[Journal Article] Sample Management: Recommendation for Best Practices and Harmonization from the Global Bioanalysis Consortium Harmonization Team
The importance of appropriate sample management in regulated bioanalysis is undeniable for
clinical and non-clinical study support due to the fact that if the samples are compromised at any stage
prior to analysis, the study results may be affected. Health authority regulations do not contain specific
guidance on sample management; therefore, as part of the Global Bioanalysis Consortium (GBC), the
A5 team was established to discuss sample management requirements and to put forward recommendations.
The recommendations from the team concern the entire life span of the sample and include the following:
- Sampling procedures should be described in the protocol or within the laboratory manual. This
information should include the volume of the sample to be collected, the required
anticoagulant, light sensitivity, collection and storage containers, and labeling with a unique
- The correct procedures for processing and then storing the samples after collection at the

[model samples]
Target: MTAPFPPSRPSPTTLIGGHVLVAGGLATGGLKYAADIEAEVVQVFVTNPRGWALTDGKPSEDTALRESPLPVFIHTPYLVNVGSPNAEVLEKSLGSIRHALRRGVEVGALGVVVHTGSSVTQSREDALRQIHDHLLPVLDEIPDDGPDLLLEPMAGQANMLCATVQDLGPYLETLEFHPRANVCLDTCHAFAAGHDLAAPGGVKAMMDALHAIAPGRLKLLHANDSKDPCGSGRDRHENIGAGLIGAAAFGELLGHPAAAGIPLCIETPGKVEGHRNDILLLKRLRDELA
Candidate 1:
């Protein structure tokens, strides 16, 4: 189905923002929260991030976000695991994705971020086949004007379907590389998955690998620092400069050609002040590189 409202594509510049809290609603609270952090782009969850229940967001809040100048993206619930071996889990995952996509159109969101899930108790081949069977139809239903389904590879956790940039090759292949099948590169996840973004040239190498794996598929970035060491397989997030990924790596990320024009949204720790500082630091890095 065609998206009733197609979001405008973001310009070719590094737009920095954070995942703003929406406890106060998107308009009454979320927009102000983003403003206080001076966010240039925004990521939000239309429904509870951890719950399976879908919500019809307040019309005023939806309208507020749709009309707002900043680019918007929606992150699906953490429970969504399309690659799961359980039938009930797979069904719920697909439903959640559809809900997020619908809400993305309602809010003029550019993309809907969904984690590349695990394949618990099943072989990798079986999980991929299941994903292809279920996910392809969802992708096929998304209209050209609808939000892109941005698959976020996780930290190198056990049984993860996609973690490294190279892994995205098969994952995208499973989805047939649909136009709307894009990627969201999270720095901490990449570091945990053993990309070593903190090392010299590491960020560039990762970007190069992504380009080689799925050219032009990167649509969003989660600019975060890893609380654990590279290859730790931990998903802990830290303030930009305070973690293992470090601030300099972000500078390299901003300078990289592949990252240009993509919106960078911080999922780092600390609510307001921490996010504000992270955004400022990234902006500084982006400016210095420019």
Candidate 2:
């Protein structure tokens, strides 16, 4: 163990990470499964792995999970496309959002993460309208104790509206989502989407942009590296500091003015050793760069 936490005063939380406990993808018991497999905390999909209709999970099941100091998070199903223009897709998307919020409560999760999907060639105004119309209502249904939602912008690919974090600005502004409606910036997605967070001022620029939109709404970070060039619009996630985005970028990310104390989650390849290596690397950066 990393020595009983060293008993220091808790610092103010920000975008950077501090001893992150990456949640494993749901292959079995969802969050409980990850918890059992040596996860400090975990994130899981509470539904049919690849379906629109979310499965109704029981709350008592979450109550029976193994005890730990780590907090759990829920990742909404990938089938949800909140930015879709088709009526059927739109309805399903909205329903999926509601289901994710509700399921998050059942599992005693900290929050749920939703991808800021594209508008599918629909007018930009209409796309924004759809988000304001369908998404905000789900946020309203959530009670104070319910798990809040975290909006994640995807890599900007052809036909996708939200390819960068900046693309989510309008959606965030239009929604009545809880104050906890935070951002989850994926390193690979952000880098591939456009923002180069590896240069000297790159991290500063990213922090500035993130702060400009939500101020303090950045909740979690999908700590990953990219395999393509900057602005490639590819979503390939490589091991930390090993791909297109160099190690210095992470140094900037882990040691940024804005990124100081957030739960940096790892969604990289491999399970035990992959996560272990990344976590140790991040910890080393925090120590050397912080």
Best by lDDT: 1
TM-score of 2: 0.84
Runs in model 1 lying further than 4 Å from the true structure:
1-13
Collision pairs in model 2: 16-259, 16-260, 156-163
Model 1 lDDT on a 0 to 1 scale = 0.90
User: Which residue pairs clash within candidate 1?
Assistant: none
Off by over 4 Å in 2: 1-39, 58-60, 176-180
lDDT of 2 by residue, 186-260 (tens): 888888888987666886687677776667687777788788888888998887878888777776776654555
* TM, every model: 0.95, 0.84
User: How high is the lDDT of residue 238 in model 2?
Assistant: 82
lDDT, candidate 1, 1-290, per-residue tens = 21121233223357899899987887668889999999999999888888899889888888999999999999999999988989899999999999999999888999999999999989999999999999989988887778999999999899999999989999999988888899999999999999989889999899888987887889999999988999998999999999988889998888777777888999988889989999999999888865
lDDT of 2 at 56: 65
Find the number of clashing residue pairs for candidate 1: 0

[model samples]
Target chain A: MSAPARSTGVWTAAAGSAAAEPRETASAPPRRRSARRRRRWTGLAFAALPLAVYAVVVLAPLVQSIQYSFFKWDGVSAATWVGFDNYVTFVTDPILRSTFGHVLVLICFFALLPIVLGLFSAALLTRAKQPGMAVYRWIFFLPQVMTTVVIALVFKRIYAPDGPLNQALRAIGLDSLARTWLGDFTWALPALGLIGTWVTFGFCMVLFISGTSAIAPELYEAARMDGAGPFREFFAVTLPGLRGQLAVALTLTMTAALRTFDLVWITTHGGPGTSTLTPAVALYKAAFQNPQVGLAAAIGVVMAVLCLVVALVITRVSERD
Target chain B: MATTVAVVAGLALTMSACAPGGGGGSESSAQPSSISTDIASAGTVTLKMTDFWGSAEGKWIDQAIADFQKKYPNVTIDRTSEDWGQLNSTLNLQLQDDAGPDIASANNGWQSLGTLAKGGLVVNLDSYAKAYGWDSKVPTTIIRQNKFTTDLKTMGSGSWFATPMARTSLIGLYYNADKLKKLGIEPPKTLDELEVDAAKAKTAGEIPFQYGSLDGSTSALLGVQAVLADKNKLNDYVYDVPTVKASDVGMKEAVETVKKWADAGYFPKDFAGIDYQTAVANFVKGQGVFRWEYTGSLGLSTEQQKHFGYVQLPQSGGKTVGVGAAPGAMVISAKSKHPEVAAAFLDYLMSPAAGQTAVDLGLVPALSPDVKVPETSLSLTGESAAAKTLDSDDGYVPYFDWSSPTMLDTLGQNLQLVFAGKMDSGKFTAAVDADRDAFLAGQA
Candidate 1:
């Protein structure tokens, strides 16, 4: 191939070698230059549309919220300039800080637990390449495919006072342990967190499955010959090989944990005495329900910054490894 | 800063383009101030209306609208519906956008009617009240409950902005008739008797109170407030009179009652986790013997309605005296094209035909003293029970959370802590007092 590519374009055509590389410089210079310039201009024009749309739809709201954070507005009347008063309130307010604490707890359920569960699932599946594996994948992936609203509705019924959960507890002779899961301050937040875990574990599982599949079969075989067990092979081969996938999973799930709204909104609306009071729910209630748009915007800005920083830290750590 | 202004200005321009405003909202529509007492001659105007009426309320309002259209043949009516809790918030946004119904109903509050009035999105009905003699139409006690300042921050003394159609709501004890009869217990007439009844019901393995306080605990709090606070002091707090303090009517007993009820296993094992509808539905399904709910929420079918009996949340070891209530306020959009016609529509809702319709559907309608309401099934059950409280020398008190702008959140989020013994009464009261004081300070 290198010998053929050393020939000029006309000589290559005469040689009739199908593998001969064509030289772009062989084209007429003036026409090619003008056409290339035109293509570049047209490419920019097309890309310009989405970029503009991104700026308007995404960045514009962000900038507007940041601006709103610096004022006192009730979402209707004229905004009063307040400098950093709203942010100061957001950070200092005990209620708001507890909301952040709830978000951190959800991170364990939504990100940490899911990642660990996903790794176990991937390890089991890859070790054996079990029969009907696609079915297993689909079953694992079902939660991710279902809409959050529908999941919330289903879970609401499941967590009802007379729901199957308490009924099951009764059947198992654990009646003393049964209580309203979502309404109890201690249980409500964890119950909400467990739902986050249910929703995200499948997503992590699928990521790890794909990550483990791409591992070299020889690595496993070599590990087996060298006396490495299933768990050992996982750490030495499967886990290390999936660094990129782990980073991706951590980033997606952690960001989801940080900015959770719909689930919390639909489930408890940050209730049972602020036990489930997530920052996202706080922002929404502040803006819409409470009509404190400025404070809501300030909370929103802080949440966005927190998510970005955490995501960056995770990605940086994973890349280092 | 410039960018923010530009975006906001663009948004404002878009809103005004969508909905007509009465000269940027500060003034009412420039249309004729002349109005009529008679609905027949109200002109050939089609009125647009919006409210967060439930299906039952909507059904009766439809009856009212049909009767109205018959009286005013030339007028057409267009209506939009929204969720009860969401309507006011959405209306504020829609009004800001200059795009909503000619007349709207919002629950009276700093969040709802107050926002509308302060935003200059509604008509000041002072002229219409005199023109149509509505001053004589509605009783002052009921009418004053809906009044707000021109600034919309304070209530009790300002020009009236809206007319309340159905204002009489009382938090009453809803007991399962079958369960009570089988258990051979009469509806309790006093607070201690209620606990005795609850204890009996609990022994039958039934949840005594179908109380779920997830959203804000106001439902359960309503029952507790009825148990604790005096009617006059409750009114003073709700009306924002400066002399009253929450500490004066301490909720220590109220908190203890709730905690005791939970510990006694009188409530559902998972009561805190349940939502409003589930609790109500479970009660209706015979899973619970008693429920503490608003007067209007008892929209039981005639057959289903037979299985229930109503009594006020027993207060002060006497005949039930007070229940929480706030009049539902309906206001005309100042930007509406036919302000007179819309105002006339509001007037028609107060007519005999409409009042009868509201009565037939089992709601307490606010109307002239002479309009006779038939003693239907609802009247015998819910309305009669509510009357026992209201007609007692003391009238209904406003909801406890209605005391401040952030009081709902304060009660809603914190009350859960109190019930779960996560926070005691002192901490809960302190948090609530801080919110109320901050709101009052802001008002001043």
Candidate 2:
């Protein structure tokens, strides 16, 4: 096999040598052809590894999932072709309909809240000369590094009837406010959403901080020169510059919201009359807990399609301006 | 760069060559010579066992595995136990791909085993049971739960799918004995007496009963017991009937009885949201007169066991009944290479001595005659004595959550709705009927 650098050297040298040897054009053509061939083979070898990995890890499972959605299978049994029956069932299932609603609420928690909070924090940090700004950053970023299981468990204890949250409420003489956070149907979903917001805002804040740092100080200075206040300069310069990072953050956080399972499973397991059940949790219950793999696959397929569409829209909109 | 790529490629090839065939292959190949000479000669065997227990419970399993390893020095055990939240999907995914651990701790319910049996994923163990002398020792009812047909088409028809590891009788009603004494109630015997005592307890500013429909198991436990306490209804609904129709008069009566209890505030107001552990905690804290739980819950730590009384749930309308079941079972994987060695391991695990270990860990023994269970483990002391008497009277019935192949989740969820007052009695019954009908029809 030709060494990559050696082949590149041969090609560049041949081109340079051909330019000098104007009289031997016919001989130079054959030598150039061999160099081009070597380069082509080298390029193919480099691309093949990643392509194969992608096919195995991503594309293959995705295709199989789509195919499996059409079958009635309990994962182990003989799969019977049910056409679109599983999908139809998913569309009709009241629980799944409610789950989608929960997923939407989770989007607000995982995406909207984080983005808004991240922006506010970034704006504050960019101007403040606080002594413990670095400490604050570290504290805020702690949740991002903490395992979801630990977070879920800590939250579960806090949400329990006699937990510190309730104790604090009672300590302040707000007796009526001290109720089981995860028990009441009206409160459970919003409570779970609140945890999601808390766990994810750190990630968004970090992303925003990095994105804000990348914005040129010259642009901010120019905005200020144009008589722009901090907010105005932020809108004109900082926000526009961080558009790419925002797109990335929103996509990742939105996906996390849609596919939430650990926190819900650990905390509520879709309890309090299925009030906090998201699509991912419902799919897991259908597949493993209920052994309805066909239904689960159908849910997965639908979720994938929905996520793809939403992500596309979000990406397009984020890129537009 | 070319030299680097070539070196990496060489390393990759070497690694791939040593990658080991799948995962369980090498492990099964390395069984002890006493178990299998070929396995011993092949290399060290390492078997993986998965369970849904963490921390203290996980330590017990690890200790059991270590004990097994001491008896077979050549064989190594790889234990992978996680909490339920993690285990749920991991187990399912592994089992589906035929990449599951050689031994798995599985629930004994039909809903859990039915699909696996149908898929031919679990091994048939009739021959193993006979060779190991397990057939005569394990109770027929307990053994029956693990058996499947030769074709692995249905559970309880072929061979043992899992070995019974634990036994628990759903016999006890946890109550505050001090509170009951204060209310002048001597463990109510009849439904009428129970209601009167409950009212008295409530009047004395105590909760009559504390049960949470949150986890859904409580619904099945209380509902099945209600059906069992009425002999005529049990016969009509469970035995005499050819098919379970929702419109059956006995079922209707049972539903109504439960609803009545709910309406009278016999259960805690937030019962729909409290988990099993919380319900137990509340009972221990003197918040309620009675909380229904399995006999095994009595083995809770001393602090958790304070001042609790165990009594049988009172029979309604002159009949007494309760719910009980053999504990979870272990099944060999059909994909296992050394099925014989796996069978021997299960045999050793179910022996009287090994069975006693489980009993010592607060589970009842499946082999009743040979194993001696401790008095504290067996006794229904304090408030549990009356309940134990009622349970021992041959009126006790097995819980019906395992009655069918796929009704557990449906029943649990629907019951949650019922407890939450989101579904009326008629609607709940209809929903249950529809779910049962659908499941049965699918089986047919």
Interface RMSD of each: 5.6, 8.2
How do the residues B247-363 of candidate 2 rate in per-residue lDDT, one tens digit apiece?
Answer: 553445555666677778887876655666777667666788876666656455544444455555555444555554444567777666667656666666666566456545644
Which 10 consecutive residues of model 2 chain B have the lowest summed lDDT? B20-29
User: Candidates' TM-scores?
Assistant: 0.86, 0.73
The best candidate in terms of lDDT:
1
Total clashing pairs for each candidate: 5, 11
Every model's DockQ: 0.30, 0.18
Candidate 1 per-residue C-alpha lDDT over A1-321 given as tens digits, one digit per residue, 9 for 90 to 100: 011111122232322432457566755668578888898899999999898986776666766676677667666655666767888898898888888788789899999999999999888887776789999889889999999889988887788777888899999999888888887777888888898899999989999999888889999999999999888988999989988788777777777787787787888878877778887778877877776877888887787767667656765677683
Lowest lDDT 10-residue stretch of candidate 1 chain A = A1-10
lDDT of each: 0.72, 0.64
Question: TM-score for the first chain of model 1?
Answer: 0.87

clinical/non-clinical testing site and during shipment are also very important to ensure the
analyte(s) stability and should be documented.
- Chain of custody for the samples must be maintained throughout the complete life span of each
sample. This is typically maintained via paper and electronic data systems, including Laboratory
Information Management Systems (LIMS) where available.
- Pre- and post-analysis storage location and conditions must also be clearly defined at the
analytical laboratory. The storage temperature of the samples must be traceable and controlled
by monitoring and warning alerts. The team suggests moving away from using temperatures and
to adopt standard terminology of Broom temperature,^ Brefrigerator,^ Bfreezer,^ and Bultrafreezer^
that have defined and industry-wide accepted temperature ranges.
- At the end of the study, documentation of the samples’ disposal is required